At the regularly scheduled Episcopal convention in 1976, the bishops decided to accept all the ordinations as valid and to allow women to be ordained from that time forward. At the same time they decided to open all ministries to women, including the seat of bishop. This was a momentous step, since in the 450-year history of the Episcopal Church no woman had ever served in that capacity. In fact, traditionalists believed that bishops were the successors of the original apostles, and that their authority was handed down in an unbroken chain of succession from those first followers of Christ. According to these traditionalists, since none of the original apostles were women, neither should any successive bishop be female. The protest over that point was rather mute at first, only becoming a firestorm later when Harris stood prepared to ascend to that rank.
Her days of controversy in the future, Harris was overjoyed at the opening of the Episcopal clerical ranks to women. She went back to school to study theology and to prepare to enter the priesthood. Her studies took her to several well-respected institutions, including Villanova University and Hobart and William Smith College in America, and the Urban Theological School of Sheffield, England. When she came back to the United States, she received her Doctor of Divinity degree and pursued additional studies at Amherst College.
Harris became a deacon in 1979 and was ordained to the priesthood in 1980. Almost immediately upon her ordination, she made a name for herself as a social activist. Besides parish work, she also took on the position of Executive Director of the Episcopal Church Publishing Company (ECPC), a liberal organization that published the controversial magazine The Witness. In her regular column in that publication, Harris took on such issues as bombers who targeted abortion clinics—whom she regarded as terrorists—and the politics of AIDS.
According to the rules of the American Episcopalian Church, after a person is elected bishop in her local diocese, she must be confirmed by more than half of the nation’s other bishops before being elevated to the chair. As soon as Harris was nominated in her diocese, traditionalists and other opponents launched an intense campaign to discredit her. The issue of her gender could not be held against her, since the denomination had opened the bishop’s position to women. However, Harris’s detractors attacked her non-traditional training and even her personal life despite the fact that she had demonstrated a deep commitment to her faith. The issue of her race was not raised, but it probably played some part in fomenting opposition to her sitting in the bishop’s chair.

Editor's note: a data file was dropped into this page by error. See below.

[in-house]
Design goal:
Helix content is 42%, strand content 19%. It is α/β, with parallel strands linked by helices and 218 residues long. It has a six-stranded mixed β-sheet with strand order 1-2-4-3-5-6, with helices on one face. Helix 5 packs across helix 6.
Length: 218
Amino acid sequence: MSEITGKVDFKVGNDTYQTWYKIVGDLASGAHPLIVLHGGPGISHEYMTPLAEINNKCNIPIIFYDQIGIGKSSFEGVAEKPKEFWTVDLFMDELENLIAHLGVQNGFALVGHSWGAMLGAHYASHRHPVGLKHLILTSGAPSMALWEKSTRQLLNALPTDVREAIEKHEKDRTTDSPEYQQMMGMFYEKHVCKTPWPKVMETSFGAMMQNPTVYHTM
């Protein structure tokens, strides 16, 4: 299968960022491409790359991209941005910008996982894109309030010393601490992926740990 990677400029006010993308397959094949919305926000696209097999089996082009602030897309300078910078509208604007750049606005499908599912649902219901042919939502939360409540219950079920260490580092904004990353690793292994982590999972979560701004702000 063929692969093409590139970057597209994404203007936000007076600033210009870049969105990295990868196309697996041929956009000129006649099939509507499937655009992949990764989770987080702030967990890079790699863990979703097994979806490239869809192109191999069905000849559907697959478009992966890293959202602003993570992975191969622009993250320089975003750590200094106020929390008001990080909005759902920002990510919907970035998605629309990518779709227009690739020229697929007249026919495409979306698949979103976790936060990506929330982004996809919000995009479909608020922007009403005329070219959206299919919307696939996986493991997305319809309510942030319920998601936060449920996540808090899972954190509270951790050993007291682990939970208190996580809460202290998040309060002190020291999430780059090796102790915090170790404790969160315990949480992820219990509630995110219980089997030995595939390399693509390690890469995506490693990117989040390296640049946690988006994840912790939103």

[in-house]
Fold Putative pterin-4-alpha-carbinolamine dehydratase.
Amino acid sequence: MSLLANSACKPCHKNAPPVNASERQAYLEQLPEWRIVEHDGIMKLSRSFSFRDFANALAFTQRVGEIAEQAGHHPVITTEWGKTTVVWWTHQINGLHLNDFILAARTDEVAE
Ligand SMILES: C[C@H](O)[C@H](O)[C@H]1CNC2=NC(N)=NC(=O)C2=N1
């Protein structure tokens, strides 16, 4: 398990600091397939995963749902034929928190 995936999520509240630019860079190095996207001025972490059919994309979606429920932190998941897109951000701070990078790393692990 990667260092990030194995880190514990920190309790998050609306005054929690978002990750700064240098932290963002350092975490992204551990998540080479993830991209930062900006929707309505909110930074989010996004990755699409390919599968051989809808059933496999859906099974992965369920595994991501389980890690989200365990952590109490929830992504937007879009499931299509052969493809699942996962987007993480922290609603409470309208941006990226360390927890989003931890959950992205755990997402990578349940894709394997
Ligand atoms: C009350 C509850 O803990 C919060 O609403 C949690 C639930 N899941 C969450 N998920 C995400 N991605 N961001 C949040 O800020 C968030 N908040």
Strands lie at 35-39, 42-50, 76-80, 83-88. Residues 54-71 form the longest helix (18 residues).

Harris’s liberal social views were perhaps the strongest cause of the opposition she faced, but they also had proven popular with a large segment of the Episcopal church membership. Her supporters carried the day with force, and she immediately reached out to take a conciliatory position as she was confirmed as suffragan, or assisting, bishop of Massachusetts. Despite a few lingering protests outside the church when she was installed, rejoicing was widespread at her consecration as bishop. The celebration even exceeded the boundaries of the Episcopal Church: other denominations sent supporters to witness the occasion, and among the musicians was the Choir of the African Methodist Church which broke into the hymn, “Ride on King Jesus,” upon seeing Harris enter the church.
Since her election, Harris has striven to be a bishop for the whole church, avoiding a concentration on just issues of gender or race. An Ebony magazine reporter pointed out, however, that she remains an “international Symbol of the struggle for gender equality in the Church.” Her attitude remains remarkably free and open. Recently when a loyal church member bent over to kiss her ring, symbol of her authority as bishop, she pulled her hand back, saying “Forget the ring, Sweetie, kiss the bishop.”
Ebony, November 1995, p. 122.
Philadelphia Tribune, April 29, 1984, p. D6.
Washington Post, January 26, 1989, p. A4; September 11, 1989, p. E1.